Henry Farrell tells Danny Glover that Max Sawicky and I had an influence on last year's Social Security debate. Let me be more skeptical. The Bush administration did the heavy lifting, through failing to come up with a Social Security plan that anybody liked. You can get Congressmen to vote for tax cuts for the rich because the rich like tax cuts--and give campaign contributions. But who liked Bush's never-spelled-out Social Security plan? There is something to the idea that weblogs are contributing to the creation of a public sphere of debate and discussion at a more elevated level than the somewhat stylized, hieratic, and chronically-underbriefed-on-matters-of-policy-substance traditional media and opinionate. But there is not very much.
Still, since to be perceived to have power is to have power, I'll take what I can get:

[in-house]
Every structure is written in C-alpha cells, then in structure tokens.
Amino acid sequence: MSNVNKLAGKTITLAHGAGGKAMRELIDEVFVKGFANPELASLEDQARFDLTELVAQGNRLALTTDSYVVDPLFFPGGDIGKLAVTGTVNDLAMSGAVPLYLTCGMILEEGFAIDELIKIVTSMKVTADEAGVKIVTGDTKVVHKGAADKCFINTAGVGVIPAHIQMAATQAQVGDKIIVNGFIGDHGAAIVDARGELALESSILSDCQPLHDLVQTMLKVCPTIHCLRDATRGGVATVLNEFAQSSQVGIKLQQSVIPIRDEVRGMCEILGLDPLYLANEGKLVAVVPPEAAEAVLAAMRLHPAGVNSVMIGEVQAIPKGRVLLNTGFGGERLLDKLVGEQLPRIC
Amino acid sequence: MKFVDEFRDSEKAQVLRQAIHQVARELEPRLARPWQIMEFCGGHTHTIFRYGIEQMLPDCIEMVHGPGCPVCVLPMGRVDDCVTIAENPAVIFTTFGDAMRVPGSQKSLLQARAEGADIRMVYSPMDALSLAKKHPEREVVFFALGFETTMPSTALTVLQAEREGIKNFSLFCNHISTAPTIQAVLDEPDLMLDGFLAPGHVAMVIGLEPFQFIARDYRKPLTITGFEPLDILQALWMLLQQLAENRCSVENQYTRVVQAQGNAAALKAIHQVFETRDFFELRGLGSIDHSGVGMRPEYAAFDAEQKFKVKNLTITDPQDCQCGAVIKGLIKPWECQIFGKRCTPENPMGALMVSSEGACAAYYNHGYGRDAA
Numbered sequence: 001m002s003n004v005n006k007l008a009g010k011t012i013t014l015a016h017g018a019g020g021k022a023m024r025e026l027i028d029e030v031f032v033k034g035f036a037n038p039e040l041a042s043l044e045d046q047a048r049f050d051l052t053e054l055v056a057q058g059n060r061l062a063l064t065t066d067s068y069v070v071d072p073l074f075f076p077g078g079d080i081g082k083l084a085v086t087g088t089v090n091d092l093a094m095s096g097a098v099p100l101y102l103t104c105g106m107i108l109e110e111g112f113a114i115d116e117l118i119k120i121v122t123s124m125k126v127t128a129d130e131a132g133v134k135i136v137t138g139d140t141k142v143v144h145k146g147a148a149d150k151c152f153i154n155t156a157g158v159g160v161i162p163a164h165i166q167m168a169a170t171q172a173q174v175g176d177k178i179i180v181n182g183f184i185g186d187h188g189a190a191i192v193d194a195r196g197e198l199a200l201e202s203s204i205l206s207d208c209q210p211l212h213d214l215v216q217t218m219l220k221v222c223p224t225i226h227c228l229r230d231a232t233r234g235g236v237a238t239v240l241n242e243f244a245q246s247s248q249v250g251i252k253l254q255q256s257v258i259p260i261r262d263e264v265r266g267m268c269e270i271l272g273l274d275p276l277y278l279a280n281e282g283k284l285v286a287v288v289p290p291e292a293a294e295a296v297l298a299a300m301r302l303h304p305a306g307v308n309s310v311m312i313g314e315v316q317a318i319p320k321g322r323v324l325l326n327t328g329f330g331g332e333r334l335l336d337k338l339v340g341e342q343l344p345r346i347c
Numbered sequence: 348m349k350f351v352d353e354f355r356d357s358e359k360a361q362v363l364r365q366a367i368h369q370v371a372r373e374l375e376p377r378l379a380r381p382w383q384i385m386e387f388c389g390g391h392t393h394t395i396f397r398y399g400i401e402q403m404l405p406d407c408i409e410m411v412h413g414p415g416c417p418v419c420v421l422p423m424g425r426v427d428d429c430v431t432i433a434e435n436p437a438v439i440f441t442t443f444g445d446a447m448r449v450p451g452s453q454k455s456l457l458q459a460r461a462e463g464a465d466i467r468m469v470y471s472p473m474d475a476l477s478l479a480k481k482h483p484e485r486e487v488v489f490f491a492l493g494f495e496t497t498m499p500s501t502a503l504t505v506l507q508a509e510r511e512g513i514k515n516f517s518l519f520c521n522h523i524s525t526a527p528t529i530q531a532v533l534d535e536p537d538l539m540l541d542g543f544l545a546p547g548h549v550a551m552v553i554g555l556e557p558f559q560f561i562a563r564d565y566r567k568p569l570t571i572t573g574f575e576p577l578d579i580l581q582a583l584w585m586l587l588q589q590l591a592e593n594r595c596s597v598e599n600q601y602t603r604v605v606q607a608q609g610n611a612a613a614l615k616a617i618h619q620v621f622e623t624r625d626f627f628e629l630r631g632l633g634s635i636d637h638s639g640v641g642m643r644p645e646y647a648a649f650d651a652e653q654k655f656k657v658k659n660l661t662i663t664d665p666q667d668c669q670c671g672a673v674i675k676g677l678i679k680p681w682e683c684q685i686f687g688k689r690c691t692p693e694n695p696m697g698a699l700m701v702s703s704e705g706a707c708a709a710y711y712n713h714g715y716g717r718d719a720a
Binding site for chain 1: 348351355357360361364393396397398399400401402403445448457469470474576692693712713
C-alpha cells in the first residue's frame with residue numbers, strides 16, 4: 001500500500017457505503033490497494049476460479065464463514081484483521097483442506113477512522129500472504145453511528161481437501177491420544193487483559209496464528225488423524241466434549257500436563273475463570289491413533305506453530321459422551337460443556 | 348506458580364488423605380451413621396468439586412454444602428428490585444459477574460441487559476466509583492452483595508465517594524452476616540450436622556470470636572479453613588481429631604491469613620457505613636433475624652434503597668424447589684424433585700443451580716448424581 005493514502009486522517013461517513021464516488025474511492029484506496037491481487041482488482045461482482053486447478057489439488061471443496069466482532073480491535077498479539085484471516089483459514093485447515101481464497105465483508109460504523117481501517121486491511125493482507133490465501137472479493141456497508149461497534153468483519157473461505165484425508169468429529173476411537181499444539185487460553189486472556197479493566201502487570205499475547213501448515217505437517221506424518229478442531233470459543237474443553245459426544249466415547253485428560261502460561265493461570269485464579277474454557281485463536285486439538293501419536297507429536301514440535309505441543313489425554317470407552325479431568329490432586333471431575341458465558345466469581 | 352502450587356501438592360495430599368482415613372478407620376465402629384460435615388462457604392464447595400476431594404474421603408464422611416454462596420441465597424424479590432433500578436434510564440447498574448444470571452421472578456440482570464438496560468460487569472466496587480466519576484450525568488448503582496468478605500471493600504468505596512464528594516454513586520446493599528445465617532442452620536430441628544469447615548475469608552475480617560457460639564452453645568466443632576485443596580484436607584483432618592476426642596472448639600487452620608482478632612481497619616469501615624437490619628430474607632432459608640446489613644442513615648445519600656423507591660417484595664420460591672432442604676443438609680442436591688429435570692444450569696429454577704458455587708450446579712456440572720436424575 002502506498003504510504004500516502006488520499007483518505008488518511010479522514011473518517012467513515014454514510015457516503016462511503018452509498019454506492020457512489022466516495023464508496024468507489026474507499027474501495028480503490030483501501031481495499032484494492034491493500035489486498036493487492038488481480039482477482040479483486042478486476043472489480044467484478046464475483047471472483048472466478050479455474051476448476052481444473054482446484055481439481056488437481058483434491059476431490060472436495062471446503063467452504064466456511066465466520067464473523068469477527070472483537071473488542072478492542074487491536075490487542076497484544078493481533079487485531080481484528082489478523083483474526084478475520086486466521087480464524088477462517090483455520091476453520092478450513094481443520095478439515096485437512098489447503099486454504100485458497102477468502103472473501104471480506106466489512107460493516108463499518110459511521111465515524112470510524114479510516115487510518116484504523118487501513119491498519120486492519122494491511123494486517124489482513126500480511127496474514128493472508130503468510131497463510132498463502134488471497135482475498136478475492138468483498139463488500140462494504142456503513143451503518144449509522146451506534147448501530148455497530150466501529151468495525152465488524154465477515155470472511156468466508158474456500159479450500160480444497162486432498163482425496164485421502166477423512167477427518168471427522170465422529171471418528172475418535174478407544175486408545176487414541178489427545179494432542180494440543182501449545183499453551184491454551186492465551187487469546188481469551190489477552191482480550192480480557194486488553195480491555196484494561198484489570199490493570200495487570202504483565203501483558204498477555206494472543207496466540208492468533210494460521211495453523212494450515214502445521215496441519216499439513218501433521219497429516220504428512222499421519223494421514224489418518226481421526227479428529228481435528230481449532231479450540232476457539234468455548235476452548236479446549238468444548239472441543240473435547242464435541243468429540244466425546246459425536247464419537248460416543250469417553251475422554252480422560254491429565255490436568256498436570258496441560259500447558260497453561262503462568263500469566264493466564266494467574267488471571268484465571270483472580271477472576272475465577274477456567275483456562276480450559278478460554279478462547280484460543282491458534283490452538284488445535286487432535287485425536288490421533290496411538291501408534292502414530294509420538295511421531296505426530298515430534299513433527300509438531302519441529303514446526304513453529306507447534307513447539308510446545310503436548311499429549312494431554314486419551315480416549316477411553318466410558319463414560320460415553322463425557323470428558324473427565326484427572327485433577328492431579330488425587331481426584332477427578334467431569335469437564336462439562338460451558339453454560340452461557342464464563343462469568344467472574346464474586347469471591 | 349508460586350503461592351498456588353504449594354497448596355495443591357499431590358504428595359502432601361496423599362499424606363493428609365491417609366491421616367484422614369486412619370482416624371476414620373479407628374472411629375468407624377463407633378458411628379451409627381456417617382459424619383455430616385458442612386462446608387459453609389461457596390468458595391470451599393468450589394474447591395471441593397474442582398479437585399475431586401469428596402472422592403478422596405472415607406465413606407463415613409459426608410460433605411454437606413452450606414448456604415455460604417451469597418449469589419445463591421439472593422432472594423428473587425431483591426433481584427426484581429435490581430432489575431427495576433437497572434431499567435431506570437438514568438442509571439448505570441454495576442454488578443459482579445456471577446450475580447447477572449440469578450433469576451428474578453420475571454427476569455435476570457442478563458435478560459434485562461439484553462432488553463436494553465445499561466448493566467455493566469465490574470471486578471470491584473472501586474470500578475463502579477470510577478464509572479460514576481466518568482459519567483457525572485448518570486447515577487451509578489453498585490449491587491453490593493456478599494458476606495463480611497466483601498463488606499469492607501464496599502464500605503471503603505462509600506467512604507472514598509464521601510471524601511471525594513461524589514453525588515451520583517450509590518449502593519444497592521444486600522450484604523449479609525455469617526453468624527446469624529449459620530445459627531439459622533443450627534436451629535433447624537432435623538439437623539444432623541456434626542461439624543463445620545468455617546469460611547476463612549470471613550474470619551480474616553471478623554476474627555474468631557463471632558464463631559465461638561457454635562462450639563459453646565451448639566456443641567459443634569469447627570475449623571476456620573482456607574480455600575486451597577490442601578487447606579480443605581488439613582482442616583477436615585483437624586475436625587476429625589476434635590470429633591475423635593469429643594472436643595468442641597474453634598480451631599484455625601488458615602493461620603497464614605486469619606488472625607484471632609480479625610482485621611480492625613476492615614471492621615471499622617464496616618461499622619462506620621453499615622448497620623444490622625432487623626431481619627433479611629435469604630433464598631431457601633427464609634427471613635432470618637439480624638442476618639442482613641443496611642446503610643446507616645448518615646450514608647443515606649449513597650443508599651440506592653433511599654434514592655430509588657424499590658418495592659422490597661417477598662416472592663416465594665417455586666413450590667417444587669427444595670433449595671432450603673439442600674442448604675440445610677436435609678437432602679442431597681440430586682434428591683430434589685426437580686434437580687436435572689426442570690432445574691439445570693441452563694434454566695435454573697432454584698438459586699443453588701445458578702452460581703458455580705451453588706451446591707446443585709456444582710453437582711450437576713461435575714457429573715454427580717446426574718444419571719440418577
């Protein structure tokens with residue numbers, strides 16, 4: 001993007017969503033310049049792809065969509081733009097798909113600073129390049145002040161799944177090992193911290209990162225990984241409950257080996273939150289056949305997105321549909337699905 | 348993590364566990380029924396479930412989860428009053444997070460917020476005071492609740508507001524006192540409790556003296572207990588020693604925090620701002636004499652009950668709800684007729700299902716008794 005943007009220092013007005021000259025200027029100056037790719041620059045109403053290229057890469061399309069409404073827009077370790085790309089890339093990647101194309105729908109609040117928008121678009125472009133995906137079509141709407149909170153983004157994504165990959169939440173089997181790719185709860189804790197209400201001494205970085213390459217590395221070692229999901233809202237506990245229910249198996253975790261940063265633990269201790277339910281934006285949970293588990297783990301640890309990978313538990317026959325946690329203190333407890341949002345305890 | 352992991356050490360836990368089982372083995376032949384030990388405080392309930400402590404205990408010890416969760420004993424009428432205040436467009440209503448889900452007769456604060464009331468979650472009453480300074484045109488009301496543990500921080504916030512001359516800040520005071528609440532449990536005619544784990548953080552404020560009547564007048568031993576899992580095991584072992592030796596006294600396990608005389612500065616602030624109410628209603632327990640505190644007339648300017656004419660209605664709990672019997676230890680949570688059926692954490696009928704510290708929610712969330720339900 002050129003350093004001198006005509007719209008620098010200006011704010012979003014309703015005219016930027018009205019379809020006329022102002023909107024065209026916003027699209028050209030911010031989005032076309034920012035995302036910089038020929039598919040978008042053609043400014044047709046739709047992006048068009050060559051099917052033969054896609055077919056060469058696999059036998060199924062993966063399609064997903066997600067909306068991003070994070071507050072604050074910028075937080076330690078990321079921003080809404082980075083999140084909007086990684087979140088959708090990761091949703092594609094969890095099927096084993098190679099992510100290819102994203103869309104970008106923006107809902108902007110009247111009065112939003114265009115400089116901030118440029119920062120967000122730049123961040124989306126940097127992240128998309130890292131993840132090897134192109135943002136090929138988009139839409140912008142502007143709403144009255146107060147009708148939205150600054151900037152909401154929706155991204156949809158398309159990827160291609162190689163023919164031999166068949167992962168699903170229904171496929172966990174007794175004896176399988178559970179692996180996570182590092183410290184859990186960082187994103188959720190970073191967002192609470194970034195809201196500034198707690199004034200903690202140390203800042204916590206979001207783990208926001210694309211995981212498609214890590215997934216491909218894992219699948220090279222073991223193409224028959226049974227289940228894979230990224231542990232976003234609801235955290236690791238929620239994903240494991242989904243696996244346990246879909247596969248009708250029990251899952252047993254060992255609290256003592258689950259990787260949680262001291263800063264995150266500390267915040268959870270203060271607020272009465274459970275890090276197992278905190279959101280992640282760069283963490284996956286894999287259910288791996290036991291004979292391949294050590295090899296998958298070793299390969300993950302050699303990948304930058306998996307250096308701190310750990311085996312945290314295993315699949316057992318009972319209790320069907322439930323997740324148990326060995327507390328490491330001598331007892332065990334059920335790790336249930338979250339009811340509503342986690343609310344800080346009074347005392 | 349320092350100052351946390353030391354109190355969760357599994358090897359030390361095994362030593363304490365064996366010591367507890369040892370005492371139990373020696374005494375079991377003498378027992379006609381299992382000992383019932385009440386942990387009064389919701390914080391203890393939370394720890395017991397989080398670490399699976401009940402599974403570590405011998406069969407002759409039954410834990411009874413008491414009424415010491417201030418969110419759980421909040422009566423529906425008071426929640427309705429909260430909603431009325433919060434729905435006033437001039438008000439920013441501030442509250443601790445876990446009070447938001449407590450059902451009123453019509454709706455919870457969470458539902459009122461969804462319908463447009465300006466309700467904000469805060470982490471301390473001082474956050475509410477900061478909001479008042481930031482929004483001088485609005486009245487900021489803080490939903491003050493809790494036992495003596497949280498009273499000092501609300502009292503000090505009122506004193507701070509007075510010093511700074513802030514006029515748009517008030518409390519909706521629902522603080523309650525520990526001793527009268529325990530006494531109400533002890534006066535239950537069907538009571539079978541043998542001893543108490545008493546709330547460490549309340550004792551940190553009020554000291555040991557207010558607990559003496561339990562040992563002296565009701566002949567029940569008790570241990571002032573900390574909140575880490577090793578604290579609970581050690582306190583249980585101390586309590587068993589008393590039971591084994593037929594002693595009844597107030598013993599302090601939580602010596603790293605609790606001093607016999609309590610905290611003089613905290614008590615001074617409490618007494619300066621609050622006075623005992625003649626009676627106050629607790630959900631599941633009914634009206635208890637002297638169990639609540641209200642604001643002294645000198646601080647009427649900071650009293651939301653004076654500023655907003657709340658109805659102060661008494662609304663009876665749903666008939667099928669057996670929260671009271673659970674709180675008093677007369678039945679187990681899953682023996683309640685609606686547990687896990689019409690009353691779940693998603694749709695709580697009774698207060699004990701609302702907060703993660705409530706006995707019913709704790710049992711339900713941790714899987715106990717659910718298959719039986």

Beltway Blogroll: The Rise Of Blogs : With such active readers, it made sense for bloggers to turn their attention to Washington -- and for more people inside the Beltway to awaken both to the influence of bloggers and the potential of blogging technology. That is exactly what happened after the 2004 election.Issues such as Social Security reform drove the interest in blogging and demonstrated the technology's power. George Washington University's Farrell said that blogs were very effective at "creating outrage and creating a groundswell" against Bush's plans for Social Security. Experts -- such as economics professor Brad DeLong of the University of California (Berkeley) and Max Sawicky, an economist at the Economic Policy Institute -- used their blogs to create a "testing bed for interesting arguments," Farrell said.
"We began to see those arguments being taken up by op-ed people ... and change the conventional wisdom in the media" about the Bush plan, Farrell said. Although the blogosphere alone did not push Social Security off the short-term agenda, it was a factor, he contended...